Each year approximately 150,000 Americans die as the result of a stroke. Happening in one of two ways, a stroke occurs when blood being supplied to the brain is blocked (Ischemic stroke) or when blood vessels burst in the brain (Hemorrhagic stroke). When a stroke occurs, brain tissue atrophies, leading to disability, brain damage, death. The vast majority of strokes are considered preventable.
Prevent stroke by reducing your risk through lifestyle changes that help control blood pressure and cholesterol. Stroke risk factors include:
- Previous stroke
- Excessive alcohol intake
- Lack of exercise
The CDC (Center for Disease Control) suggests the F.A.S.T. acronym for identifying the signs and symptoms of stroke:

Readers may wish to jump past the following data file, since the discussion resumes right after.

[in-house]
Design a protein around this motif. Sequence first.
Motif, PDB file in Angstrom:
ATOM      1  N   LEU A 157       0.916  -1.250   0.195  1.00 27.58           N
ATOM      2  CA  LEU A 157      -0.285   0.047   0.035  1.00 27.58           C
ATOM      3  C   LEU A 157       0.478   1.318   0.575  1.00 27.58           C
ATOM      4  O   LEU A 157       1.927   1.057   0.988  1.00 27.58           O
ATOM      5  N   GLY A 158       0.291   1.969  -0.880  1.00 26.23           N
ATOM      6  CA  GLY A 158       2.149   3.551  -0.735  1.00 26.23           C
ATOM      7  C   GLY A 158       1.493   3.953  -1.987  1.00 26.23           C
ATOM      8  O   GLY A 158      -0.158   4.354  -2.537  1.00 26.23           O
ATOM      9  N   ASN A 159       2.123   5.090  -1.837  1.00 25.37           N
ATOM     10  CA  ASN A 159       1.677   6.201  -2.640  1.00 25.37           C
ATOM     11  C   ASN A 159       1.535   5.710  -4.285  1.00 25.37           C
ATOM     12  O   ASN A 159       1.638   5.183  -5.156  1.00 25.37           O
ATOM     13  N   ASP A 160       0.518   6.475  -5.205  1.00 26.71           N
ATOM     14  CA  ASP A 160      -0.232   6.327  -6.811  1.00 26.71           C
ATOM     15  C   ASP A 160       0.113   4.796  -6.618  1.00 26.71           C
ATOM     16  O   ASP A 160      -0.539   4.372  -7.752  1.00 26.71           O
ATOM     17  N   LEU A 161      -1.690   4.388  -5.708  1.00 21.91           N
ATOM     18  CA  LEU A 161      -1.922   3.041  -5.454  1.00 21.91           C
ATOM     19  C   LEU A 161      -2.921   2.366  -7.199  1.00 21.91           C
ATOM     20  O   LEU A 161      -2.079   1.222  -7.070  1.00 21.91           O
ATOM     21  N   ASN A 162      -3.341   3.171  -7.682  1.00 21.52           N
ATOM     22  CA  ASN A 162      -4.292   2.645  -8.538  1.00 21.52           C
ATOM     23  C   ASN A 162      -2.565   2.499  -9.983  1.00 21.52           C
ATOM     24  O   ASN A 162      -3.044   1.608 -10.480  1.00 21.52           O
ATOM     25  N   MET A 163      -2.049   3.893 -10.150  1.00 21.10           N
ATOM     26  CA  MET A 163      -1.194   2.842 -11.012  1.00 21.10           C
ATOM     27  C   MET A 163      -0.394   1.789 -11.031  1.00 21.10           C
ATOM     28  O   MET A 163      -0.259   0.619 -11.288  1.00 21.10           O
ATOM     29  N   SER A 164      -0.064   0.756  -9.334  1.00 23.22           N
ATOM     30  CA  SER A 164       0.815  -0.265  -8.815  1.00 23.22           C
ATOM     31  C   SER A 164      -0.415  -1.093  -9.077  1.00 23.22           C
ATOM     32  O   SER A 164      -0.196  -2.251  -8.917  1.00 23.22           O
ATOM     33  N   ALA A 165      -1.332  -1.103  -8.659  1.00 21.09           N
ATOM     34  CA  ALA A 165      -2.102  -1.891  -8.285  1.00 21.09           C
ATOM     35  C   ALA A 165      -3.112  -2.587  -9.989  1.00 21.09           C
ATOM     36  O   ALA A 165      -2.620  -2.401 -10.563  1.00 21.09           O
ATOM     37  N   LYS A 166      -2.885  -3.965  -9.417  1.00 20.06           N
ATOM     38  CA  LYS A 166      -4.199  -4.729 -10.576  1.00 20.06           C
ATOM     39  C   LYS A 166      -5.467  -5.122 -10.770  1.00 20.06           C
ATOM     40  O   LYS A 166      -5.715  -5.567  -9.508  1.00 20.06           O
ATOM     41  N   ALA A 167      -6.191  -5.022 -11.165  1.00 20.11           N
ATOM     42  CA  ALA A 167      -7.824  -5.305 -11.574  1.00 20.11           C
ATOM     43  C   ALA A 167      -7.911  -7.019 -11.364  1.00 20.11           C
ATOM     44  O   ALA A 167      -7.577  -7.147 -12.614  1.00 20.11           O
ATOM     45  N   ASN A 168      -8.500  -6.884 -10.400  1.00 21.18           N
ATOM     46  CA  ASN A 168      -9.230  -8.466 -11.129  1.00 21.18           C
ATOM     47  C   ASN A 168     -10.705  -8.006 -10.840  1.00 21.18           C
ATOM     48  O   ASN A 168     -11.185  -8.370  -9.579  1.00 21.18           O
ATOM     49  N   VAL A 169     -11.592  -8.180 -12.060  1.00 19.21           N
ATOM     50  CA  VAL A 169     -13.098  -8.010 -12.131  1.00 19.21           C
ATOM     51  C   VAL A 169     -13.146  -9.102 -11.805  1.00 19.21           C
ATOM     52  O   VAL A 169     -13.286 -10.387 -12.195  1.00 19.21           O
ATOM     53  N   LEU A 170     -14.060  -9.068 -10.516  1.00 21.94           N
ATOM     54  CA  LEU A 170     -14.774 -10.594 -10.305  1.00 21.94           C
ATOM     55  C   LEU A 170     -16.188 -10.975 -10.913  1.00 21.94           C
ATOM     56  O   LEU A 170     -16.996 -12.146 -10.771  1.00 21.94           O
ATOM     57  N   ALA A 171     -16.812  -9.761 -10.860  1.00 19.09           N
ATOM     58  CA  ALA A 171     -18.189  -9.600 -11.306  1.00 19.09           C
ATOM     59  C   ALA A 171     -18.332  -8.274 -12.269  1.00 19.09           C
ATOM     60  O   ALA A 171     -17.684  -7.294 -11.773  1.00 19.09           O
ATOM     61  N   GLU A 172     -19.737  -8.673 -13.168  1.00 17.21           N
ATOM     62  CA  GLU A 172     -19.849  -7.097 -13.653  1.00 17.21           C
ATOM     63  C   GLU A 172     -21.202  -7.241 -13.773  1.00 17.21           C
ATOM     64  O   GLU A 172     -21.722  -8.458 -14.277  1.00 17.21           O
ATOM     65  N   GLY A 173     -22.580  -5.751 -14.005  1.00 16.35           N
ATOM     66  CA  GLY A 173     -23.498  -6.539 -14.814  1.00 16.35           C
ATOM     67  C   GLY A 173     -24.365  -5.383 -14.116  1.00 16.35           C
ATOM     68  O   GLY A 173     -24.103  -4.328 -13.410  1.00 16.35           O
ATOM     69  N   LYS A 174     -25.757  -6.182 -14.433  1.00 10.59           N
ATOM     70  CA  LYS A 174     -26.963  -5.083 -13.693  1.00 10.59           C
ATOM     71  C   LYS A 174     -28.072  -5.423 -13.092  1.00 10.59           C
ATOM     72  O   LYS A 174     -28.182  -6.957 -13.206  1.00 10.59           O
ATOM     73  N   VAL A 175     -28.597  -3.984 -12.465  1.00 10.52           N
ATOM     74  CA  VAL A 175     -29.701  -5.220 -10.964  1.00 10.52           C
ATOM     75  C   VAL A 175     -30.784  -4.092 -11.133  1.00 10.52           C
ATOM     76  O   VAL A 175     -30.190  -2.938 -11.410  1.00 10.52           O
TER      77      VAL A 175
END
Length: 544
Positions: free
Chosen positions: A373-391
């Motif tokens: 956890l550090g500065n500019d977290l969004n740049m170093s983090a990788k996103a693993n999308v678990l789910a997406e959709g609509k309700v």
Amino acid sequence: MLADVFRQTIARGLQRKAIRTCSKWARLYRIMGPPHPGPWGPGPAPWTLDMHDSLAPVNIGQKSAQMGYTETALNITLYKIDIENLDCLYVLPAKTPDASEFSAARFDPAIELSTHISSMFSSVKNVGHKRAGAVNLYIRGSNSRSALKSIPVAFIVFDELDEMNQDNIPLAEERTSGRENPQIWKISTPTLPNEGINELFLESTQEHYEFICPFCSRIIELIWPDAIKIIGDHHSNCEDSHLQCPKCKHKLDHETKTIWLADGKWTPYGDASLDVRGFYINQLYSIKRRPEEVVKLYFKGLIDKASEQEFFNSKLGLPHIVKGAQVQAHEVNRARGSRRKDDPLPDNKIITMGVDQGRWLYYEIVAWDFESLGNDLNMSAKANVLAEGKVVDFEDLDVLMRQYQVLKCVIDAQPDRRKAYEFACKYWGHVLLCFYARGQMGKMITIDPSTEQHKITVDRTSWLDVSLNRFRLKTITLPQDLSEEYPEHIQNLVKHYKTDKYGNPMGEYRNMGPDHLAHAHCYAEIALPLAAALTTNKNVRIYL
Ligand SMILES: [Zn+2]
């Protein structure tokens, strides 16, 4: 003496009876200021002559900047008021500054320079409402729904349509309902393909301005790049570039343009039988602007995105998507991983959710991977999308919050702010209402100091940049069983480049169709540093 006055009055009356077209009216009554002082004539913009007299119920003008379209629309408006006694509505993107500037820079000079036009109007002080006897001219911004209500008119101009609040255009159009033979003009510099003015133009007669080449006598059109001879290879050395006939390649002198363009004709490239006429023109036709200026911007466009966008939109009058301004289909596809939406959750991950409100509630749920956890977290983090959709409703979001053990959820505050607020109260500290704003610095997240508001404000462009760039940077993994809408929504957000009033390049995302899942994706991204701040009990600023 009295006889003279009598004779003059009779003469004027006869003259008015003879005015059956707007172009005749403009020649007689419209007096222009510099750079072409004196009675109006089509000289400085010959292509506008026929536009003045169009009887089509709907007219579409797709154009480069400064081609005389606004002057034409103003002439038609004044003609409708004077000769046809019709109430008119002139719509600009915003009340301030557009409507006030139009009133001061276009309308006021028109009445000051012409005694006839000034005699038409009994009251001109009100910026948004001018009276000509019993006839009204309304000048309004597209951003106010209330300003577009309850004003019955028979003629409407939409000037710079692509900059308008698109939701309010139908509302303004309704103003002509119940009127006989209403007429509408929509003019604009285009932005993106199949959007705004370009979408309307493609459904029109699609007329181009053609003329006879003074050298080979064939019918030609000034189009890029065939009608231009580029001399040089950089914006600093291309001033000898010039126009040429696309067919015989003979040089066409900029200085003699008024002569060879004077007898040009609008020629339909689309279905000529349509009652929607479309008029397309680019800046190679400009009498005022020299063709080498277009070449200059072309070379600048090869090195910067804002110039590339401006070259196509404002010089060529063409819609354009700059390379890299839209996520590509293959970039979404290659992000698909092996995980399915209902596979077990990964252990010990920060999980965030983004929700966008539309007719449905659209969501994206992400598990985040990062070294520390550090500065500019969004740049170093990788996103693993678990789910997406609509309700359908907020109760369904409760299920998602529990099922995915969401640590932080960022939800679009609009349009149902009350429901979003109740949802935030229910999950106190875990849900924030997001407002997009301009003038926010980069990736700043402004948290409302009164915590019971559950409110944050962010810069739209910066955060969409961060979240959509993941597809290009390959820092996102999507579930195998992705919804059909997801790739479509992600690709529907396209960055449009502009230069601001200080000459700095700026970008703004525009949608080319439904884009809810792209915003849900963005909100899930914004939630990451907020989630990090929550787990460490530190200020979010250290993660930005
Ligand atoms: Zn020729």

F = Face drooping: Ask the person to smile. Does one side droop?
A = Arm weakness: Ask the person to raise both arms. Does one arm drift downward?
S = Speech difficulty: Ask the person to repeat a simple sentence. Are the words slurred?
T = Time to call 9-1-1: If the person shows any of these signs, call 9-1-1 immediately.
Other signs that may indicate you are experiencing a stroke include sudden onset of:
- Dizziness, difficulty walking, loss of balance/coordination
- Difficulty seeing in one or both eyes.
- Severe headache
- Numbness or tingling in the face, arm or leg
- Confusion or understanding
For the best outcome from a stroke, call 911 to be taken immediately to the hospital. Do not let concerns about COVID-19 keep you from seeking related medical care. Delaying treatment may prolong or even prevent what otherwise could be a full recovery.
Graphic courtesy of the CDC